PROVINCIA DE MÁLAGA – Hoteliers in the province of Málaga are demanding measures from governments to prevent water shortage in the approaching high season. With the current water level, it will be difficult to supply the coast in a period when the population at least doubles.
The Association of Hotel Entrepreneurs of the Costa del Sol (Aehcos) warns the governments to urgently optimise existing resources and improve the performance of purification, desalination, and supply facilities to ensure water supply shortly.
“We are risking our future. If we do not act urgently and decisively, it could endanger the entire tourism sector of the Costa del Sol and the province,” warns Aehcos President José Luque. He points out both the central government and the Junta de Andalucía have planned works whose completion is now more urgent than ever.
Water shortage in reservoirs province
Luque emphasises the precarious situation of the reservoirs in the province. They are now at 32.3% of their capacity after a winter with hardly any rain. These include worrying cases such as the Viñuela reservoir which is only filled to 14.9% of its capacity. The capacity of the Concepción reservoir seems to be better at 39.5%. However, it supplies a large part of the population.
Malaga’s population doubles in high season and even triples on the west coast. This coast is currently home to some 560,000 people. In the summer that will expand to at least 1.5 million.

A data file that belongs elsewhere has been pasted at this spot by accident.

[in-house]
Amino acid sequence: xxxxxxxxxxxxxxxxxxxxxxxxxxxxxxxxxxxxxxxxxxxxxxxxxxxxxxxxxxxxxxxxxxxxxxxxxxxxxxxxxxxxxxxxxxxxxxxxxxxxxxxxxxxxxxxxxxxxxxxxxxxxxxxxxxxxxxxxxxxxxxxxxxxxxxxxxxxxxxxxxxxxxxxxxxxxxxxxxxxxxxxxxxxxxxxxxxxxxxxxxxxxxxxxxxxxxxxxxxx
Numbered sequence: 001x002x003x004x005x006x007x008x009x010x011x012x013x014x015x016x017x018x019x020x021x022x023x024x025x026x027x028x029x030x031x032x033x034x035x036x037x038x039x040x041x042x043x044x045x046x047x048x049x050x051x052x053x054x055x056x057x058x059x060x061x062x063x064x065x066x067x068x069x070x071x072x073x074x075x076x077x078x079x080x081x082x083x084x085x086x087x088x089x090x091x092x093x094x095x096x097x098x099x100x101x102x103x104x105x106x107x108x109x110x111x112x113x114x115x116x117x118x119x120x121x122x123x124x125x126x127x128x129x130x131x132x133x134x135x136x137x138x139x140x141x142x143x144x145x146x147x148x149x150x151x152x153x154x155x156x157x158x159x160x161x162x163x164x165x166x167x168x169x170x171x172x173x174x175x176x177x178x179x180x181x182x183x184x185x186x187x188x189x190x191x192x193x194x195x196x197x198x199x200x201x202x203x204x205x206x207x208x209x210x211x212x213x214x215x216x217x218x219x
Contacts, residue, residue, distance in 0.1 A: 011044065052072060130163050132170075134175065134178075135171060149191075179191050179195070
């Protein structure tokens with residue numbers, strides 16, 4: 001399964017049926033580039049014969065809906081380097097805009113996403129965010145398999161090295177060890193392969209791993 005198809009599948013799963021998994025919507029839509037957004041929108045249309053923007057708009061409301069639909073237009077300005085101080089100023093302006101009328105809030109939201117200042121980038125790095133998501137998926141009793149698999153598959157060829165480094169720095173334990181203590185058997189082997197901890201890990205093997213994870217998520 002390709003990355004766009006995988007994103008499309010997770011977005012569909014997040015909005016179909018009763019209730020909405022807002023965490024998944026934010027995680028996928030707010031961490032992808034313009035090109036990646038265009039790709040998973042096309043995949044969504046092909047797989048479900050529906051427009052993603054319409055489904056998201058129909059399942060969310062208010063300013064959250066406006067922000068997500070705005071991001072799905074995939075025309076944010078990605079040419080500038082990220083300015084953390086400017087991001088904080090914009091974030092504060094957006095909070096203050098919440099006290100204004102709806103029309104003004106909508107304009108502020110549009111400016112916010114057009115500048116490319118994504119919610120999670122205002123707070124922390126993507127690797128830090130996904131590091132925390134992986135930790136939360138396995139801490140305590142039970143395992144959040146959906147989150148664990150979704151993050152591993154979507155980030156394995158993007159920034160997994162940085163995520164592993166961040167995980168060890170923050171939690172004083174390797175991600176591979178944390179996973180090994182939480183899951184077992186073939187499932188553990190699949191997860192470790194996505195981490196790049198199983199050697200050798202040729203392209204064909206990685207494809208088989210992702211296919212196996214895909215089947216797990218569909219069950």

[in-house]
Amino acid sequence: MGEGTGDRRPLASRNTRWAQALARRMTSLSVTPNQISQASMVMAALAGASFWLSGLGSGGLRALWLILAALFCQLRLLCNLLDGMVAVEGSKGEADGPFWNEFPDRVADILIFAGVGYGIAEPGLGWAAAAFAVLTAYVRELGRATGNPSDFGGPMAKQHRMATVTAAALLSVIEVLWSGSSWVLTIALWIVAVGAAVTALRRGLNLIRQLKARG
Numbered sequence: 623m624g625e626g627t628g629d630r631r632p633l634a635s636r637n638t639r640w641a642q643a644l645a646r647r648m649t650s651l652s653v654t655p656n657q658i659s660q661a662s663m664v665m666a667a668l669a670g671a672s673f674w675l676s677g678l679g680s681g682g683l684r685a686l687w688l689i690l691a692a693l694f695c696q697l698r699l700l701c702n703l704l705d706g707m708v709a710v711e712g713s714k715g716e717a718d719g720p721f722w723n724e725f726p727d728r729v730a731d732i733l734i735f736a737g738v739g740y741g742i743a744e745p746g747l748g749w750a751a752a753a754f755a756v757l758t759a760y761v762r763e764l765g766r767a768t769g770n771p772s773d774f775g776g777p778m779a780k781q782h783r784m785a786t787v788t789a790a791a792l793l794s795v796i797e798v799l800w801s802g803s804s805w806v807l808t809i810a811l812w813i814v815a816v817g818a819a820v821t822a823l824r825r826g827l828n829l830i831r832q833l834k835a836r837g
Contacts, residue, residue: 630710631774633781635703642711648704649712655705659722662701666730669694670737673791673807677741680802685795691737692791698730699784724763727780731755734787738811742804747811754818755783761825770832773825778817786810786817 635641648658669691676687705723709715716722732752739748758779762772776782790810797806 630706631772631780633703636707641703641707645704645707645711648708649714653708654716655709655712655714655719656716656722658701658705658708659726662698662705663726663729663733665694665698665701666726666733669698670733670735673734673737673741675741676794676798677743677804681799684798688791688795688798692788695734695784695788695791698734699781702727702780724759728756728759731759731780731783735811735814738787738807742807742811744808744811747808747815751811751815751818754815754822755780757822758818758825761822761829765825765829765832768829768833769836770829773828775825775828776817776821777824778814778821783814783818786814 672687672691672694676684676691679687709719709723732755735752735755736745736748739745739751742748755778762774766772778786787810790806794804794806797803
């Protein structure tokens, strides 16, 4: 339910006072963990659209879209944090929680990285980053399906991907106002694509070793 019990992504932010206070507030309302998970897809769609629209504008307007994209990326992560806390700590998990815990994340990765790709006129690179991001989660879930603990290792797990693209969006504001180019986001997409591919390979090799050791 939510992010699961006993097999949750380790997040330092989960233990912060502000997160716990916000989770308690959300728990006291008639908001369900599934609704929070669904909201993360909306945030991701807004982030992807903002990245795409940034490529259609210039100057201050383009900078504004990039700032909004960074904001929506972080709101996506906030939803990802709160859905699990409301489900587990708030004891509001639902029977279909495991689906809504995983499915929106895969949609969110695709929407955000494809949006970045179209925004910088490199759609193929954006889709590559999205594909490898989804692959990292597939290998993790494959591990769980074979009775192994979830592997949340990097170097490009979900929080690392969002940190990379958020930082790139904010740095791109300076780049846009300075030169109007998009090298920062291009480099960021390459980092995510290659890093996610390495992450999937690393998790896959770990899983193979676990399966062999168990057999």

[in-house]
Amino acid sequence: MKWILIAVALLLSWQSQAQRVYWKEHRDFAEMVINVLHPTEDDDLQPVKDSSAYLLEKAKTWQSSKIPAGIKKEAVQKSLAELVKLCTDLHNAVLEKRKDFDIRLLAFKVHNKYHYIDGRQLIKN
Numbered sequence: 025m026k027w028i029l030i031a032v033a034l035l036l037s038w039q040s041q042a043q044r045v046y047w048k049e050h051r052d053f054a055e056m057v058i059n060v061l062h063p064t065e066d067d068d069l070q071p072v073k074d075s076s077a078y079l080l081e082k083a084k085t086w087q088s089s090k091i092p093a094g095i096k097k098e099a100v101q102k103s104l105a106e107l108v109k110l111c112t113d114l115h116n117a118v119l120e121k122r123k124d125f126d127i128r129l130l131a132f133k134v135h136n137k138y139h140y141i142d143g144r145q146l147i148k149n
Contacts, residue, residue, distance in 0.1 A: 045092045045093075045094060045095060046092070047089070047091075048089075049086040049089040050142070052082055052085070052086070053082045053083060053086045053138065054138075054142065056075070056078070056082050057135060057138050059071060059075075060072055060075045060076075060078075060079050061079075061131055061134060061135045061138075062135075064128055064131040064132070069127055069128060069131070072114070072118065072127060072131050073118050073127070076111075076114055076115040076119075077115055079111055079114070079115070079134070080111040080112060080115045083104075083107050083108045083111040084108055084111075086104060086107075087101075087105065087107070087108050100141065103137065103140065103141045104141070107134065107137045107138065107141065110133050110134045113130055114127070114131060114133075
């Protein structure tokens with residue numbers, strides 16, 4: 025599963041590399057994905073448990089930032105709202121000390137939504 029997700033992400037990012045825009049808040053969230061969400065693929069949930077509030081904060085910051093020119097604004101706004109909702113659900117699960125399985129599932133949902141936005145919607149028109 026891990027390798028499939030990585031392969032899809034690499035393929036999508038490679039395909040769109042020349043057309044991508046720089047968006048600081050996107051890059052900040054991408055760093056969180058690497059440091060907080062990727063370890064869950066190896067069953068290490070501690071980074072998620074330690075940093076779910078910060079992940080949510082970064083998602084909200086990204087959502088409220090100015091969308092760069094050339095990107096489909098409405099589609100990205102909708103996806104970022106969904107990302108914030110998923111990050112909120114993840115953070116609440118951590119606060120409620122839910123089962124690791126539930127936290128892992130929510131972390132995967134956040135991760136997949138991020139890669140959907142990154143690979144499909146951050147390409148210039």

Vice-President Javier Hernández points to the aging infrastructure on the Costa del Sol. For decades there are constant malfunctions. Even though the population of the west coast has increased fivefold over this century.
The hotel association sees the renovation of the large water tube as a high priority. This supplies the entire coastal strip between Manilva and Torremolinos. In the 100-kilometer-long pipe occur at least 50 failures per year.
“We have a reservoir like La Concepción, with little capacity. Hence, the administrators have to open the locks as soon as there is a lot of rain. Consequently, that valuable water just flows into the sea unused. In addition, we have a desalination plant that no longer meets the requirements and over-exploited aquifers. As a result, the province is forced to receive water from the Campo de Gibraltar to guarantee supplies in the summer,” Aehcos describes the untenable situation.